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Find video protocols related to scientific articles indexed in Pubmed.
Phylotranscriptomic analysis of the origin and early diversification of land plants.
Proc. Natl. Acad. Sci. U.S.A.
PUBLISHED: 10-29-2014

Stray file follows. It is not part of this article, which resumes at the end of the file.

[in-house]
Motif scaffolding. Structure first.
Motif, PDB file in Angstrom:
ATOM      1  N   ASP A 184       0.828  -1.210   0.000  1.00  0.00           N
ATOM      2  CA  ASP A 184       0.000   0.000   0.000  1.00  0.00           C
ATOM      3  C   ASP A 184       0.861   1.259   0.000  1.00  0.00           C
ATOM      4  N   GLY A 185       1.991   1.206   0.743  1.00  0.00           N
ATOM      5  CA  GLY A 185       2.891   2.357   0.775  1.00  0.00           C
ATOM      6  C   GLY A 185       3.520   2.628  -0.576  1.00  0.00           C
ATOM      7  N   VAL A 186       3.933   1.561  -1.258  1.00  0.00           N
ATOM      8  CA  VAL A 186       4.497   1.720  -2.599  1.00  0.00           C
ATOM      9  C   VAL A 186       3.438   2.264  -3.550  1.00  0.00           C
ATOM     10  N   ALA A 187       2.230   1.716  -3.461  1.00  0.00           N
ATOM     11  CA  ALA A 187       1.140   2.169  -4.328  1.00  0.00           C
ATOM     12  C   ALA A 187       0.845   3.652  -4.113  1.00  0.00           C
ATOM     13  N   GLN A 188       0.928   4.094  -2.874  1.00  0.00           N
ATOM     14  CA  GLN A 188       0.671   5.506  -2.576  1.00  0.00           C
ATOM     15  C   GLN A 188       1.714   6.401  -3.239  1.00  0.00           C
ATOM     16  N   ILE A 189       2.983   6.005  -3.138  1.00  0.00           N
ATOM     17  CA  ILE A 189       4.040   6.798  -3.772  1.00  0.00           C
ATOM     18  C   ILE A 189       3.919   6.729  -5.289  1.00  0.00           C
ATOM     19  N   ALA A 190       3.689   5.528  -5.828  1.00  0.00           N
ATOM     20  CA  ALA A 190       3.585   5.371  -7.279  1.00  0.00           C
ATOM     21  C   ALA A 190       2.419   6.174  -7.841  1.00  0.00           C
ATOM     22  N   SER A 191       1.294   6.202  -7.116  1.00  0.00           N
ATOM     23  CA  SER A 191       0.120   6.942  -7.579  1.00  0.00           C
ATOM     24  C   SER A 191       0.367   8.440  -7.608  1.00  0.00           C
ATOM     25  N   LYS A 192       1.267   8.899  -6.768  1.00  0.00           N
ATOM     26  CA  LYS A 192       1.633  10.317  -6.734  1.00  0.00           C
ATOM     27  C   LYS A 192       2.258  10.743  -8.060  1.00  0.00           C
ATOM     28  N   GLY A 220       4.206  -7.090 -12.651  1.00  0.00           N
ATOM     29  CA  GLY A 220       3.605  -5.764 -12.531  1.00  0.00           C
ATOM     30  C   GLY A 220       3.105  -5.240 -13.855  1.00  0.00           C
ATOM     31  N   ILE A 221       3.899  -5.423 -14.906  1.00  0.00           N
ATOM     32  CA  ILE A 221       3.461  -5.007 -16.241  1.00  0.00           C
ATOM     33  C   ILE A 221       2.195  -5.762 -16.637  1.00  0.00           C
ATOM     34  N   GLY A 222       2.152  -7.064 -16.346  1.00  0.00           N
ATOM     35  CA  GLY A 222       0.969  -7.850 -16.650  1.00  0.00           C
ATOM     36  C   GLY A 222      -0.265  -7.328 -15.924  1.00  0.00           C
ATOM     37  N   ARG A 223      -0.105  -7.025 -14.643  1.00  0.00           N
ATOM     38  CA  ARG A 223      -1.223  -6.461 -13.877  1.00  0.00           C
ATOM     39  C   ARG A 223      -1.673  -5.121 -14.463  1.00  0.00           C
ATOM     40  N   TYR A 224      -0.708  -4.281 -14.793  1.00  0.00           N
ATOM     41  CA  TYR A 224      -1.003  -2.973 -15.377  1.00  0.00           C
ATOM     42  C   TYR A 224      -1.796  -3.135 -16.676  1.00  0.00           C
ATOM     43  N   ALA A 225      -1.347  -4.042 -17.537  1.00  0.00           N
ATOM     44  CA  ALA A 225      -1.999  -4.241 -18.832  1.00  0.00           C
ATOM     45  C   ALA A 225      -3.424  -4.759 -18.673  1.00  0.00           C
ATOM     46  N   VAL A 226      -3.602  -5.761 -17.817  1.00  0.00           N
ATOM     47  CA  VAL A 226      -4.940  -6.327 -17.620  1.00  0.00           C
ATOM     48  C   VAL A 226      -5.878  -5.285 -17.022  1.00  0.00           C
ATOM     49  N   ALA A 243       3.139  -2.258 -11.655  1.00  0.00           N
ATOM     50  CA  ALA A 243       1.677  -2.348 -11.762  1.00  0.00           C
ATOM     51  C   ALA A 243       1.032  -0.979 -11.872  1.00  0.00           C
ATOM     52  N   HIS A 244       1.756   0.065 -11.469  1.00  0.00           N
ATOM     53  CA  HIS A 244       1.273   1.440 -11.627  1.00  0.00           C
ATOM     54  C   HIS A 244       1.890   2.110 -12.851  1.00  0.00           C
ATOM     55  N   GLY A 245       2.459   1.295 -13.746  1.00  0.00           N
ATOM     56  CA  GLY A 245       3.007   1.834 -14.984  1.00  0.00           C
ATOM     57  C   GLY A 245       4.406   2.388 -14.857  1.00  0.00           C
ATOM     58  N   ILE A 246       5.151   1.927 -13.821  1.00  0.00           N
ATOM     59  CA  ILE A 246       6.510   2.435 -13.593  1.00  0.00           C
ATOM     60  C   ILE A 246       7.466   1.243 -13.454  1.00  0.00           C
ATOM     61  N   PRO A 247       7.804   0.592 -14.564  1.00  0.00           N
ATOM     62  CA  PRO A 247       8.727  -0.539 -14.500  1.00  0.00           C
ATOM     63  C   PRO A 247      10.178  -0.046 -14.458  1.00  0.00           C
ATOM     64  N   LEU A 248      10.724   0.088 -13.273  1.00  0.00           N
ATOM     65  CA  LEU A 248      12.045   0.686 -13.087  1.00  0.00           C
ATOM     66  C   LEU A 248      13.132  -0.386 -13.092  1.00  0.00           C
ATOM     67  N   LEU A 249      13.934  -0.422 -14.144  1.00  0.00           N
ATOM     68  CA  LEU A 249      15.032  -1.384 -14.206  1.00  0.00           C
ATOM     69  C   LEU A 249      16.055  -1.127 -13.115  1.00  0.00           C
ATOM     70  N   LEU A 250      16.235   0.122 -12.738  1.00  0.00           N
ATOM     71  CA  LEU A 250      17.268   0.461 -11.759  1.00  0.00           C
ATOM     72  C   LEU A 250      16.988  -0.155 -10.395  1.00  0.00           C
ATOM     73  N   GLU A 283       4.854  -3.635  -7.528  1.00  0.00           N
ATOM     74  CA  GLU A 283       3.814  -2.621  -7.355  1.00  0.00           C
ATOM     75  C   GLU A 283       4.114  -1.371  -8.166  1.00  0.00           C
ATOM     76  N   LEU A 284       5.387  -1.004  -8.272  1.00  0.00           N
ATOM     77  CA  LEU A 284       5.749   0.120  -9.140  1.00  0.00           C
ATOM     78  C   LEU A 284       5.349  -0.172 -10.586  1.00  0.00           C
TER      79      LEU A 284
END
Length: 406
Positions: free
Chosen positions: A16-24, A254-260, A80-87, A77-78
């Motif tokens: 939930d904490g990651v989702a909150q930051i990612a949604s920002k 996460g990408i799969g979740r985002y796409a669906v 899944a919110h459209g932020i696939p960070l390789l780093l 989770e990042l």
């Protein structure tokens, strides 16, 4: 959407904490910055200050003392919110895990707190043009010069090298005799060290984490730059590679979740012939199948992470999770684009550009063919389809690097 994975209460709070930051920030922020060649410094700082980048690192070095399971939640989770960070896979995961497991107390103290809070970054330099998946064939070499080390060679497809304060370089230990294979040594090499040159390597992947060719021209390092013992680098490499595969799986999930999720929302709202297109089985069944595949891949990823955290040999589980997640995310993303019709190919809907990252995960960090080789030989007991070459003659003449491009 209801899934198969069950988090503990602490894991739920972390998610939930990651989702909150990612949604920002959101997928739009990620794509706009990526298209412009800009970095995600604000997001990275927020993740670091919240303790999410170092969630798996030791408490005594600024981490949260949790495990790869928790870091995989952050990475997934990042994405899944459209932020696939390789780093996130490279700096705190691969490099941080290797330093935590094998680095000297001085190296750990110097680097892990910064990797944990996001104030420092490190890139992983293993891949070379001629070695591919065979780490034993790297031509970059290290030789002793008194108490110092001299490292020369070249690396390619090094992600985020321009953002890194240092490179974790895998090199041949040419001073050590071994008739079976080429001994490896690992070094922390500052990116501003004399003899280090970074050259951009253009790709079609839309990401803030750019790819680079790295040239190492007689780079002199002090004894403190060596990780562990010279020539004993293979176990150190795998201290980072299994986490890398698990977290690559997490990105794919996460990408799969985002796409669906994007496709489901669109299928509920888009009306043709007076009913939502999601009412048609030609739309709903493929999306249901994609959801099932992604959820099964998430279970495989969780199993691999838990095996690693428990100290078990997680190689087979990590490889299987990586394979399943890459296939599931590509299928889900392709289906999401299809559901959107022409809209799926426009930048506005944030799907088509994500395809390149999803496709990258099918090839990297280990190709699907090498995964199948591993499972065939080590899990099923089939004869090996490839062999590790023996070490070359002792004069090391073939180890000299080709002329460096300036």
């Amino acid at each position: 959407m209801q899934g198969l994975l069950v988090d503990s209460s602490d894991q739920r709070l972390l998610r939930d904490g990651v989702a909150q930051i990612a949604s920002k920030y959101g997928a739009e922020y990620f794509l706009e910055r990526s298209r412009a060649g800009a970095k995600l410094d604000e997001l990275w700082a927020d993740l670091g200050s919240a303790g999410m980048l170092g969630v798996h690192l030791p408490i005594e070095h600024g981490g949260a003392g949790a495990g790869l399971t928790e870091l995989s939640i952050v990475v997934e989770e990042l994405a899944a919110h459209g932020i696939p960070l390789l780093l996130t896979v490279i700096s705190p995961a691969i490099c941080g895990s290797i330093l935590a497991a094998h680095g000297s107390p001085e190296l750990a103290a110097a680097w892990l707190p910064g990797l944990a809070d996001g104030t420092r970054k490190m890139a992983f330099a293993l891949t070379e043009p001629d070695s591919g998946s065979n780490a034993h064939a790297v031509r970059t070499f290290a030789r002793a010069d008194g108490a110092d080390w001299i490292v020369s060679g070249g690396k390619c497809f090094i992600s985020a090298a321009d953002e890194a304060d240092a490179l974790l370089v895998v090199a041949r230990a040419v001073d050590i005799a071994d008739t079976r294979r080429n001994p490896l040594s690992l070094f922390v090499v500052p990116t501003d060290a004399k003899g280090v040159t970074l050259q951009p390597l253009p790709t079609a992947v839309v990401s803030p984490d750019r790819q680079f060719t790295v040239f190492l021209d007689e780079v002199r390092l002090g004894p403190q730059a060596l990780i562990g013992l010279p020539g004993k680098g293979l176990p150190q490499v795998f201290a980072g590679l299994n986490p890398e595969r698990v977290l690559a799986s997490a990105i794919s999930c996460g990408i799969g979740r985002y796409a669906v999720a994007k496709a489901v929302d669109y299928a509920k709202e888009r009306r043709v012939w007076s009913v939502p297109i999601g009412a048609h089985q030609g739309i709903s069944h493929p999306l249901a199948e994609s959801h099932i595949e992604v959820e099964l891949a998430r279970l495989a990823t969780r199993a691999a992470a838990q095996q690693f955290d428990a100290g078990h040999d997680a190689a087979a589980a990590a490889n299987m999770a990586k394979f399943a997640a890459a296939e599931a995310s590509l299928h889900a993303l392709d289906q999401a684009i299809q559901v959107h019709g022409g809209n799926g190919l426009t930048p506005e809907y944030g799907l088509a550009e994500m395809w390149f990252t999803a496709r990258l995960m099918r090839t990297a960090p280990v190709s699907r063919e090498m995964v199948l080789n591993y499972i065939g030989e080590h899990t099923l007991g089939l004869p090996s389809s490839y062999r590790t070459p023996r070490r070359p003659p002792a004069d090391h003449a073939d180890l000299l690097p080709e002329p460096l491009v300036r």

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Reconstructing the origin and evolution of land plants and their algal relatives is a fundamental problem in plant phylogenetics, and is essential for understanding how critical adaptations arose, including the embryo, vascular tissue, seeds, and flowers. Despite advances in molecular systematics, some hypotheses of relationships remain weakly resolved. Inferring deep phylogenies with bouts of rapid diversification can be problematic; however, genome-scale data should significantly increase the number of informative characters for analyses. Recent phylogenomic reconstructions focused on the major divergences of plants have resulted in promising but inconsistent results. One limitation is sparse taxon sampling, likely resulting from the difficulty and cost of data generation. To address this limitation, transcriptome data for 92 streptophyte taxa were generated and analyzed along with 11 published plant genome sequences. Phylogenetic reconstructions were conducted using up to 852 nuclear genes and 1,701,170 aligned sites. Sixty-nine analyses were performed to test the robustness of phylogenetic inferences to permutations of the data matrix or to phylogenetic method, including supermatrix, supertree, and coalescent-based approaches, maximum-likelihood and Bayesian methods, partitioned and unpartitioned analyses, and amino acid versus DNA alignments. Among other results, we find robust support for a sister-group relationship between land plants and one group of streptophyte green algae, the Zygnematophyceae. Strong and robust support for a clade comprising liverworts and mosses is inconsistent with a widely accepted view of early land plant evolution, and suggests that phylogenetic hypotheses used to understand the evolution of fundamental plant traits should be reevaluated.